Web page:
Two recent studies, one by the Commonwealth Bank and the other by the Australian Institute of Family Studies, have looked at how financial literacy skills are being passed on to upcoming generations. With the pocket money economy being worth $1.4 billion per year, and money management being an important life skill, it’s perhaps no surprise these two institutions are studying how parents deal with money matters. This article takes a look at the figures from both reports and outlines 8 top tips for teaching kids about money.
79% of parents believe they could improve on how they teach their children about money management. To offer a little help, here are 8 life changing lessons you can teach your kids about money.
Money must be earned
Many parents introduce a pocket money system proportionate to age as reward for chores. This mimics the real life situations faced in adult life, that of working to be able to afford to support a household. According to The Cheat Sheet, “Children will learn the value of money very quickly if they must work for it”. In addition to chores, you may want to have your child help with a car boot sale, or earn money in some other way.
At some point your child may want something that is unaffordable with one week’s pocket money. This is where goal setting comes in – if the child can set a goal and save to achieve it, they are learning that not every want can be immediately gratified.
The Australian Institute of Family Studies report shows that by 12-13 years of age 38% of children receive regular pocket money. Of these children, the average amount of pocket money was $10.77.
How to budget – planning and tracking
It might at first seem boring to a young person, but budgeting is a good way of learning how to set and achieve goals. This can translate into many areas of adult life, from working to achieve a qualification, to saving for a mortgage. You may even want to encourage a child to save for more than one goal at once; this teaches prioritisation and how to track money saved and spent.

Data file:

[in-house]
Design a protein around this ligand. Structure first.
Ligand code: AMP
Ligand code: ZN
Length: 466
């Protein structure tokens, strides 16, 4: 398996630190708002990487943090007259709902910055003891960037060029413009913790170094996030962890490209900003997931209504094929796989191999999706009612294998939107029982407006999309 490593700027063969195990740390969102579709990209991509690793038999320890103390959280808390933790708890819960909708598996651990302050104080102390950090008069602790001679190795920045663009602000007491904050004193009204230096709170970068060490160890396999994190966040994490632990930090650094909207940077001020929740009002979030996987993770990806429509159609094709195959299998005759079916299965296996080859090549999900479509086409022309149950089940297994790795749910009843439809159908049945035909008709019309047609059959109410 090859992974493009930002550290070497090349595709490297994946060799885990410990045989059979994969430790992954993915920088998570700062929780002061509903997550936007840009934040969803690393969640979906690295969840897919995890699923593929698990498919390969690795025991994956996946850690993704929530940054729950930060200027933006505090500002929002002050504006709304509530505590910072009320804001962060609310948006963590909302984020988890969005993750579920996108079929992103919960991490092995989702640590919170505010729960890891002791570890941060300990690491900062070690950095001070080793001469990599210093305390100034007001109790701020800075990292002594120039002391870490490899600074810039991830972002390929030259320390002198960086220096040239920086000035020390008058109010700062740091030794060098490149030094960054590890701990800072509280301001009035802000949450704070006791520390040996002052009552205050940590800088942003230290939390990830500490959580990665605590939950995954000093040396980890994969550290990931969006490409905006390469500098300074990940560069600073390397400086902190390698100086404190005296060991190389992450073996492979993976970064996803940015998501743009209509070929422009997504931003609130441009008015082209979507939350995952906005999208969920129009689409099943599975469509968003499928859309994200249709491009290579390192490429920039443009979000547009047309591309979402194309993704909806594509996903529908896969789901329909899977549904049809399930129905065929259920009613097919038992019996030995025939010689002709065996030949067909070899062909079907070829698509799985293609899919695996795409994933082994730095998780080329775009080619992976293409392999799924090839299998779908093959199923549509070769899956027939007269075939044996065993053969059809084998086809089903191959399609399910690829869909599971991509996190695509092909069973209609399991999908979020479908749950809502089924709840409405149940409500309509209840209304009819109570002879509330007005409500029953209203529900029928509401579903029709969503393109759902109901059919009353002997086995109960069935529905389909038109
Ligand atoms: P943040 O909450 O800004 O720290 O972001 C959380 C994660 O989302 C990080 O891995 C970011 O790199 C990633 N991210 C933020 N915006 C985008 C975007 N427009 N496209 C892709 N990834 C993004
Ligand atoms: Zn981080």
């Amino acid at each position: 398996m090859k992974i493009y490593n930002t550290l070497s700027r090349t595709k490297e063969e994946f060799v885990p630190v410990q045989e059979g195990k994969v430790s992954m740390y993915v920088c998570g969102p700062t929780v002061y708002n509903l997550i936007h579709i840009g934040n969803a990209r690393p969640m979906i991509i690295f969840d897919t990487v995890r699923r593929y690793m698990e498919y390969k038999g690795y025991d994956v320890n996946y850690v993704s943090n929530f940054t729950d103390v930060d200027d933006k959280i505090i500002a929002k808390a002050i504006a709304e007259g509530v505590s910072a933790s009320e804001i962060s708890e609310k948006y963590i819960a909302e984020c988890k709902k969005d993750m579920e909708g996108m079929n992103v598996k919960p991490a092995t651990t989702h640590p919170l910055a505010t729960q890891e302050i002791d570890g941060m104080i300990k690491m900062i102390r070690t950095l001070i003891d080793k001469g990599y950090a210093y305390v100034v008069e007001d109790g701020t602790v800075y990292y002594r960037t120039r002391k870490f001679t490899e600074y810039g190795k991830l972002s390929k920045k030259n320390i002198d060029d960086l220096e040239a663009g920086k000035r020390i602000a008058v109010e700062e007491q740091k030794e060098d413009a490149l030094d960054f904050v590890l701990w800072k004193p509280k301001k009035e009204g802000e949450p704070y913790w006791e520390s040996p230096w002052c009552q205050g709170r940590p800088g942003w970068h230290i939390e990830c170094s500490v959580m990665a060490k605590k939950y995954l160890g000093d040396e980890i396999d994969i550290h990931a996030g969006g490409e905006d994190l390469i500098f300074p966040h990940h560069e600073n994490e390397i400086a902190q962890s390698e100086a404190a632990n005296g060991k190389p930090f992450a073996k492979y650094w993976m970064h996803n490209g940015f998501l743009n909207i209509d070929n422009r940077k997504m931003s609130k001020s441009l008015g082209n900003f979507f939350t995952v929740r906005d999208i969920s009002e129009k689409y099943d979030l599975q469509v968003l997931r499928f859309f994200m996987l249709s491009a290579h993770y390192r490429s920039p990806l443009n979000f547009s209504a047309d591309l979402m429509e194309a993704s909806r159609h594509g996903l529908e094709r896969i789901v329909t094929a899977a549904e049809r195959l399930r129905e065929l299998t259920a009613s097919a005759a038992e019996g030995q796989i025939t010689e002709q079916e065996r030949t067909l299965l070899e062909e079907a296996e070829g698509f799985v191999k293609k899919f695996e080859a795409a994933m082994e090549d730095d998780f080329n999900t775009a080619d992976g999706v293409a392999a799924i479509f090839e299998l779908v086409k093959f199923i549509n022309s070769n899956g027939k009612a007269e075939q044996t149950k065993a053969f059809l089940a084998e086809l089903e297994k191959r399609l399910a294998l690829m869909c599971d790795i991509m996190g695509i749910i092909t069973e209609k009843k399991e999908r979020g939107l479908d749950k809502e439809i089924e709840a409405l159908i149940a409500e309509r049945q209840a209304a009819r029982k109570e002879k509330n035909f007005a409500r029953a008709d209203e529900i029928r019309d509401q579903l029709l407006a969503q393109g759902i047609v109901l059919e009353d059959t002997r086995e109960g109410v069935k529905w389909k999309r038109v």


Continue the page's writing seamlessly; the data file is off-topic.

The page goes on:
Waiting is good
If your child is saving they can watch the money build up in their piggy bank and tick off the days on a calendar until the day of purchase. Working hard to achieve a saving goal can make the purchase more enjoyable and add to the appreciation of the item.
The report also shows that the amount of pocket money children receive was not associated with household wealth.
Be skeptical and assess value
This teaches kids again to pause and consider what it is they are spending their money on. Can they get a better deal elsewhere? A good way to demonstrate this would be any market place. At one stall kiwi fruit might be five for $2 but if you walk around for a while there’s usually another stall offering six for the same price.
Almost 60% of parents consider their children to be financially savvy; in fact 24% believe their children manage their finances better than they do!
Assess and reflect purchases
It’s great if children can look at similar items and try to judge which is the better purchase, but it doesn’t have to end there. Reflecting on what has been bought is also a good way to teach children about money, especially when new technologies hit the market every few months and old devices depreciate quickly.
Most, if not all, banks have children’s savings programs with cute paraphernalia and membership to encourage young savers. In addition, getting youngsters used to the idea of savings and earning interest is often very beneficial in later life. It’s often easier to check out your own bank first and see what they have to offer, then you can keep everyone’s accounts together.
Be generous and charitable
There’s nothing like the glow that comes from helping someone. Kids can be taught to practice this not only through their pocket money but also in offering their time freely. Parents can lead by example for this tip; volunteering at organisations, donating clothes in a spring clean or taking part in charity events.
Getting crafty with savings
Helping your children decide how to manage their income is not only teaching a valuable life lesson, but it can be fun and creative too. There are plenty of craft-related sites with suggestions on how to provide fun ways to teach children about money. Beckie from Infarrantly Creative came up with these ‘personalised spend, save, give banks’ to help instil her kids with financial values.
According to the Australian Institute of Family Studies learning financial literacy through pocket money can be a positive way of setting up your child’s fiscal behaviour for the future, and with these top 8 tips on hand it may have just got a little easier.